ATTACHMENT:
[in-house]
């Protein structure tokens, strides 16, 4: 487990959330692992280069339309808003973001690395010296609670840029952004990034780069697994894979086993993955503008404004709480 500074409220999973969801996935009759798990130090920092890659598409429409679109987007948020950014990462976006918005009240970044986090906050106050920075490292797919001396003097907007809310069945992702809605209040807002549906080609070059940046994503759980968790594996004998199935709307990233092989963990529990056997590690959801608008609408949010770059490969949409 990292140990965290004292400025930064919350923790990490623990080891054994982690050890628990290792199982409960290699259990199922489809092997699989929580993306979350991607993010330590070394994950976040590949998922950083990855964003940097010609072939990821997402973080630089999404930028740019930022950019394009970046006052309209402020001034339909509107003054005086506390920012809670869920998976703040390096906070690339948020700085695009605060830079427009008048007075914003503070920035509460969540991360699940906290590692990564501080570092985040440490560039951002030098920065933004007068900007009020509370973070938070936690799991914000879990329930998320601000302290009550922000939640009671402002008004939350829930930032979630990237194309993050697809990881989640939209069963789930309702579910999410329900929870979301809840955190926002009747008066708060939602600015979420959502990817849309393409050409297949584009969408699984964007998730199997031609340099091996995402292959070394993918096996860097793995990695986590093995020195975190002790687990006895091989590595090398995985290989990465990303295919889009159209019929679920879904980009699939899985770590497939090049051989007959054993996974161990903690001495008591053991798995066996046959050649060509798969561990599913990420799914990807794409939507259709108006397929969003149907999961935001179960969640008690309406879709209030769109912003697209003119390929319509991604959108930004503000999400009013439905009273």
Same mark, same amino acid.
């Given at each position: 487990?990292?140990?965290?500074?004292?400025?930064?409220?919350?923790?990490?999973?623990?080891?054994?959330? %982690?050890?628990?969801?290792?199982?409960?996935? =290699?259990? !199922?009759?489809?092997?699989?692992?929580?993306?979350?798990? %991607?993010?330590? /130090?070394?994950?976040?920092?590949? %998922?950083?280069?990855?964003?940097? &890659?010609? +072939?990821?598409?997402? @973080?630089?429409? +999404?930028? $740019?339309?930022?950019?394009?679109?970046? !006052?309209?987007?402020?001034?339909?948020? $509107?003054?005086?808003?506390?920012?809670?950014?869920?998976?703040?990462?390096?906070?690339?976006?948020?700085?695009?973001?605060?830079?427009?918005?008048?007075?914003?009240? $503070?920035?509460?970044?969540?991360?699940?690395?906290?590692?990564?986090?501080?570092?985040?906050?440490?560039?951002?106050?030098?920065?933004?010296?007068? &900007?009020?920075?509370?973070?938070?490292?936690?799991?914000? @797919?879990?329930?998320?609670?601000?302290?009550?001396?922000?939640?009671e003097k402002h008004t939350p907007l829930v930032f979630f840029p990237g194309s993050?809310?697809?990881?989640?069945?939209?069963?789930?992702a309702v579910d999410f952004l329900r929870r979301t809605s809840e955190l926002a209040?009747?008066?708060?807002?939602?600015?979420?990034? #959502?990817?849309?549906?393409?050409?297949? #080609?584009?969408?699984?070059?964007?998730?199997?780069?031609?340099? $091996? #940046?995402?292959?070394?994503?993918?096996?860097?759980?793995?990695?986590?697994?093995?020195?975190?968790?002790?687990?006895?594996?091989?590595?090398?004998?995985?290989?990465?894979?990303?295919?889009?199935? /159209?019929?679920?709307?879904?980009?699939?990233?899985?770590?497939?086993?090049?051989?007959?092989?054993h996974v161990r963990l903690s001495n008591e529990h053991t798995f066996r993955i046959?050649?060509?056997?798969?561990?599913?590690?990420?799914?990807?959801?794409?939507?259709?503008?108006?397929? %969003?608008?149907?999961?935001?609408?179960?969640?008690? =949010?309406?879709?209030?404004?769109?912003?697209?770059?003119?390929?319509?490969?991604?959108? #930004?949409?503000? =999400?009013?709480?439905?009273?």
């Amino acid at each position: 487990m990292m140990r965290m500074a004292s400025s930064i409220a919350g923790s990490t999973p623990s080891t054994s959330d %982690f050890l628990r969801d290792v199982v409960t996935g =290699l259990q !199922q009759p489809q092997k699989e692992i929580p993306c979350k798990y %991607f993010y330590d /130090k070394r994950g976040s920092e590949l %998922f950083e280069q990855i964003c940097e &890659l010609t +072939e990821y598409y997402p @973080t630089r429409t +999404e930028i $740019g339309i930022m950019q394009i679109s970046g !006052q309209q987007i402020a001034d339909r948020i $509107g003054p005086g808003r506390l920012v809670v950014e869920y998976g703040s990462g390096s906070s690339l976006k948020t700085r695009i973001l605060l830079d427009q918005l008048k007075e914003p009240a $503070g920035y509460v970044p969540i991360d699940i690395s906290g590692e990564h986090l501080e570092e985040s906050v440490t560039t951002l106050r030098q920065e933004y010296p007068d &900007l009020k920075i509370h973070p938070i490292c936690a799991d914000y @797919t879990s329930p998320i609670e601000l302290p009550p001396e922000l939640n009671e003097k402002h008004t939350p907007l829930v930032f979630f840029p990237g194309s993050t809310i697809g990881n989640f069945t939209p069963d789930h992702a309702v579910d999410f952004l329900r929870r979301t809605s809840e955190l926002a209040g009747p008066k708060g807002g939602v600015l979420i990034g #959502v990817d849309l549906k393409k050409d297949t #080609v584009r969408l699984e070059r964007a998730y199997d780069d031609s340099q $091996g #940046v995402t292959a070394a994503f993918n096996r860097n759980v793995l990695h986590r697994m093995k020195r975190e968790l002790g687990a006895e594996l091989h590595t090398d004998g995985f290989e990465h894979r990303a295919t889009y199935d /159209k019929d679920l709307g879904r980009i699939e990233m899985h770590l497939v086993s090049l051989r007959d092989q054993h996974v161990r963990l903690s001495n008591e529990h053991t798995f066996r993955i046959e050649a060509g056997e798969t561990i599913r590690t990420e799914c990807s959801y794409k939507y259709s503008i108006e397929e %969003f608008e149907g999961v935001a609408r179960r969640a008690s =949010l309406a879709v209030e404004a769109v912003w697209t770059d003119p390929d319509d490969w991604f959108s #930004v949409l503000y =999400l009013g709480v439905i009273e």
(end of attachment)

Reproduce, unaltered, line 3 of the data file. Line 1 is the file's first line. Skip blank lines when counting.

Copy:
Same mark, same amino acid.